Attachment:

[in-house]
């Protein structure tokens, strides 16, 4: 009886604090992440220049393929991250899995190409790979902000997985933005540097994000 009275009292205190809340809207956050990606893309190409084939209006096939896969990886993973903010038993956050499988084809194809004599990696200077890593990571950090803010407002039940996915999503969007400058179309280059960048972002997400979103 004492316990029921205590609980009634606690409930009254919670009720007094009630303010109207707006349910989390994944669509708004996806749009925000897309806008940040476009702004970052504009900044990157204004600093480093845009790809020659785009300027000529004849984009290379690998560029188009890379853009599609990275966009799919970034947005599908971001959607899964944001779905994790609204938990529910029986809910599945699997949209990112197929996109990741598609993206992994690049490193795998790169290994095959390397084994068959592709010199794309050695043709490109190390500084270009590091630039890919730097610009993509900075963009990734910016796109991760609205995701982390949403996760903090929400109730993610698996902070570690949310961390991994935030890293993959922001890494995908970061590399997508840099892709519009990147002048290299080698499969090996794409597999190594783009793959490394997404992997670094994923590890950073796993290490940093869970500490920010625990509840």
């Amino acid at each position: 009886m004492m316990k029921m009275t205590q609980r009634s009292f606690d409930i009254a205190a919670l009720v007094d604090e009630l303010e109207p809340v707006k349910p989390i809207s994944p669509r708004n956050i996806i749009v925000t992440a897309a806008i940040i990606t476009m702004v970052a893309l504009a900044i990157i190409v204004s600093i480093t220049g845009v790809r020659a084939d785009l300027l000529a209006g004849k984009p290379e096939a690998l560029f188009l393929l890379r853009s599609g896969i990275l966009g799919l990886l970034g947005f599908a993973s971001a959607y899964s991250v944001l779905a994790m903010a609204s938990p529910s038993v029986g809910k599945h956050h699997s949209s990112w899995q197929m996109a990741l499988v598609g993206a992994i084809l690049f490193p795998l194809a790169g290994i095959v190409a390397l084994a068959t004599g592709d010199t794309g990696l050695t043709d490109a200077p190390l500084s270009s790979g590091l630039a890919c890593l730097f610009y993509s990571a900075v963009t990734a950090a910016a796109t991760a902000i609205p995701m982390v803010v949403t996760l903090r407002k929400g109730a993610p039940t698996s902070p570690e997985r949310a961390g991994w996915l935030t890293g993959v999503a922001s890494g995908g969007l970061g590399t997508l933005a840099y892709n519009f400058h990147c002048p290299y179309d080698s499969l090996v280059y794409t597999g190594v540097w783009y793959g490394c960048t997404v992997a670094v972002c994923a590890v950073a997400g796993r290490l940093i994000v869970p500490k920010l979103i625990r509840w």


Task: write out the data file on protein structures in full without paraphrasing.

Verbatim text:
[in-house]
């Protein structure tokens, strides 16, 4: 009886604090992440220049393929991250899995190409790979902000997985933005540097994000 009275009292205190809340809207956050990606893309190409084939209006096939896969990886993973903010038993956050499988084809194809004599990696200077890593990571950090803010407002039940996915999503969007400058179309280059960048972002997400979103 004492316990029921205590609980009634606690409930009254919670009720007094009630303010109207707006349910989390994944669509708004996806749009925000897309806008940040476009702004970052504009900044990157204004600093480093845009790809020659785009300027000529004849984009290379690998560029188009890379853009599609990275966009799919970034947005599908971001959607899964944001779905994790609204938990529910029986809910599945699997949209990112197929996109990741598609993206992994690049490193795998790169290994095959390397084994068959592709010199794309050695043709490109190390500084270009590091630039890919730097610009993509900075963009990734910016796109991760609205995701982390949403996760903090929400109730993610698996902070570690949310961390991994935030890293993959922001890494995908970061590399997508840099892709519009990147002048290299080698499969090996794409597999190594783009793959490394997404992997670094994923590890950073796993290490940093869970500490920010625990509840």
């Amino acid at each position: 009886m004492m316990k029921m009275t205590q609980r009634s009292f606690d409930i009254a205190a919670l009720v007094d604090e009630l303010e109207p809340v707006k349910p989390i809207s994944p669509r708004n956050i996806i749009v925000t992440a897309a806008i940040i990606t476009m702004v970052a893309l504009a900044i990157i190409v204004s600093i480093t220049g845009v790809r020659a084939d785009l300027l000529a209006g004849k984009p290379e096939a690998l560029f188009l393929l890379r853009s599609g896969i990275l966009g799919l990886l970034g947005f599908a993973s971001a959607y899964s991250v944001l779905a994790m903010a609204s938990p529910s038993v029986g809910k599945h956050h699997s949209s990112w899995q197929m996109a990741l499988v598609g993206a992994i084809l690049f490193p795998l194809a790169g290994i095959v190409a390397l084994a068959t004599g592709d010199t794309g990696l050695t043709d490109a200077p190390l500084s270009s790979g590091l630039a890919c890593l730097f610009y993509s990571a900075v963009t990734a950090a910016a796109t991760a902000i609205p995701m982390v803010v949403t996760l903090r407002k929400g109730a993610p039940t698996s902070p570690e997985r949310a961390g991994w996915l935030t890293g993959v999503a922001s890494g995908g969007l970061g590399t997508l933005a840099y892709n519009f400058h990147c002048p290299y179309d080698s499969l090996v280059y794409t597999g190594v540097w783009y793959g490394c960048t997404v992997a670094v972002c994923a590890v950073a997400g796993r290490l940093i994000v869970p500490k920010l979103i625990r509840w």